Data loss can happen a few different ways. Malware can cause irreversible data loss, and ransomware can cause reversible data loss, provided you pony up the ransom to hackers. Your end-users can mistakenly cause data loss by overwriting or deleting data, but a disgruntled employee could do even more damage intentionally. Your data is stored on delicate, mechanical devices that are extremely sensitive to shock and damage. Hard drives don’t last forever and will eventually fail, so if your data is only stored in one place, it’s just a matter of time.

Data Loss Hurts in a Lot of Places

When you lose any amount of data, it can be a burden on your company. Take a single sales proposal. Let’s say a salesperson is working on a proposal and it accidentally gets overwritten or deleted. If they can’t restore it, they need to backtrack and do some of that work over again. That can lead to fewer sales calls that employees can handle or missing a deadline that causes them to lose the sale itself.

If an entire hard drive on your server is lost, you are going to lose a lot more than a single document. That hard drive might contain years of client data, the database for your CRM, or your next six months of marketing materials. Suddenly it affects your entire company in drastic ways.

Not only that, but depending on the type and severity of the data loss event, there are specific laws that require you to report it. These mostly deal with data breaches, but a breach can still lead to a loss of data (though it doesn’t have to).

A lost or stolen mobile device or laptop could be considered data loss and should trigger action from the company to prevent further loss and in some cases notify the proper authorities and clients. We’ll be sure to talk more about data breaches in an upcoming article.

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Just Prevent Data Loss

It’s simple, just don’t lose data. Your business doesn’t need to deal with the fallout of data loss. Fortunately, it’s not particularly complicated or even comparatively expensive to prevent data loss. You simply need to back your data up securely. 

Your data – all of your data – needs to be stored in three places. One of those places is its original location – on your computer or more preferably, on your network’s server. It’s also a good practice to have your data stored on multiple hard drives within your server (called a RAID array). There are multiple types of RAID setups, but they tend to lead to better performance and better data security.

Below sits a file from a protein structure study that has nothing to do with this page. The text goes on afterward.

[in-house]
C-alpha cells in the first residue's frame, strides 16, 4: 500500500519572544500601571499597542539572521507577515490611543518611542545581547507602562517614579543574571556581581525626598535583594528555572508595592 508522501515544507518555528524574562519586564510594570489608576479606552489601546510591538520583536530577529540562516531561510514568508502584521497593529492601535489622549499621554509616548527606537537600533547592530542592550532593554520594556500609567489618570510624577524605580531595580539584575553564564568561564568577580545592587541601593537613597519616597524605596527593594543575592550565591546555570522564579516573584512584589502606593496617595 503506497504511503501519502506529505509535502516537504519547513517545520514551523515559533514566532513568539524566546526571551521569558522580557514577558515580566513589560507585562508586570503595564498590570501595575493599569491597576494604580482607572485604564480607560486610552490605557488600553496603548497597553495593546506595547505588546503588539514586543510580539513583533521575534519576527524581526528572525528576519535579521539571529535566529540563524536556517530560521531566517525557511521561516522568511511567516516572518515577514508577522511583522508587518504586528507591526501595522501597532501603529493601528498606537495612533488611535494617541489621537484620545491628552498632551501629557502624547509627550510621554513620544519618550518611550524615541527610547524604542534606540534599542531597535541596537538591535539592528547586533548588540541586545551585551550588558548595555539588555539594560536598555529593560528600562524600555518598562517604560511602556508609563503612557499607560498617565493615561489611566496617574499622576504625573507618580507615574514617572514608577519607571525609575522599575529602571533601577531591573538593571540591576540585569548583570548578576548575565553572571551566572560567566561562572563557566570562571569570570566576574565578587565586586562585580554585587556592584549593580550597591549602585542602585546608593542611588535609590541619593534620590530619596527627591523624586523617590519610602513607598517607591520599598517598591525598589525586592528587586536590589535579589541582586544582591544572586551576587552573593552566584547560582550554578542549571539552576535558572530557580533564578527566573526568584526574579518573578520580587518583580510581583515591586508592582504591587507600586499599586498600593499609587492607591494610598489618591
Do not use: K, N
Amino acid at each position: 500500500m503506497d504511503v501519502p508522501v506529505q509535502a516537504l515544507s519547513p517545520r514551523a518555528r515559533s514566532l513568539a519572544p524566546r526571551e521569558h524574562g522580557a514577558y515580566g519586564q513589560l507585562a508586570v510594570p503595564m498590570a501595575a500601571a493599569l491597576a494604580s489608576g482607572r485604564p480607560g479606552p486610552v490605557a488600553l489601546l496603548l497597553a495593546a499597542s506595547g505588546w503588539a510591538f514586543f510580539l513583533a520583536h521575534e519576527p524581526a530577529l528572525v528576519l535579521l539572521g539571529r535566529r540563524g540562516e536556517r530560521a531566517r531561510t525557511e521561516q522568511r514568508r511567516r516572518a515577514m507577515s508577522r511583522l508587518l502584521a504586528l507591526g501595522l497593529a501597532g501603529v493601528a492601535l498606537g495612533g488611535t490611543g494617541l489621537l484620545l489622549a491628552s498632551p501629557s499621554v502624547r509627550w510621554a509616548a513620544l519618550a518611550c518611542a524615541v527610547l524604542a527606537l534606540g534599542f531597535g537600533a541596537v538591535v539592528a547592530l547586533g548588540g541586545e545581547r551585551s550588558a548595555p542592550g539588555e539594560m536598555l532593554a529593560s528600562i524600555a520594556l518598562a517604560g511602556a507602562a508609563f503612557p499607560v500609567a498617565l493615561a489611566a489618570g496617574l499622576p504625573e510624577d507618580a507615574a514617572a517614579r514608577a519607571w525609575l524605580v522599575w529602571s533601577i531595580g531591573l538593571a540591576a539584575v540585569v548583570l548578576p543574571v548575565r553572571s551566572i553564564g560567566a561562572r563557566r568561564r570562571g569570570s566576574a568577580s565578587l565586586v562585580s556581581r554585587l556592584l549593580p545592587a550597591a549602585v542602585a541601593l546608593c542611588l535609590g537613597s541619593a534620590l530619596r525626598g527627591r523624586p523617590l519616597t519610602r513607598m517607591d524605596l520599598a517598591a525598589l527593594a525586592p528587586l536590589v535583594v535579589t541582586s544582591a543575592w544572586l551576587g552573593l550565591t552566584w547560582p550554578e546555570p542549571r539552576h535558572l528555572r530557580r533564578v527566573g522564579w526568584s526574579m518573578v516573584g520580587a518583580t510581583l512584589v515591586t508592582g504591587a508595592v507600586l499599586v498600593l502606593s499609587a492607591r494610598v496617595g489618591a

The second place that all of your data needs to be kept is on a completely separate device on your network. This could be another server, a Network Attached Storage (NAS) device, or better yet, a dedicated backup device designed to make regular ongoing backups throughout the day and push a copy of the data to a third location. 

That third location shouldn’t be within your company walls. It should exist in a separate physical location, away from your business. This way, if your business were to suffer from a fire, a flood, a power surge, or any other damage-causing event, your data will be safely replicated and accessible. If your backup device can automatically push backups to the cloud, it will ensure that your business has a chance to function if a disaster were to strike.

We rely on a BDR (Backup and Disaster Recovery) device to handle our company’s data. It does everything we mentioned above, and then some. It replicates all of our data throughout the day, and securely encrypts it and stores it offsite just in case. We’re able to quickly restore data from it if we need to, and if we experience a hardware failure with our server, we can quickly deploy everything from our BDR so we are back up and running quickly without suffering from a major outage.

Our clients love the protection that a BDR brings, and we even run regular tests to prove that the BDR is doing its job by simulating a real disaster and having employees work from the backed-up data.

Data loss is the last thing that any business needs to be dealing with, and it is a relatively easy thing to prevent at the base level. Reach out to Aspire at (469) 7-ASPIRE to learn how we can prevent data loss for your company.

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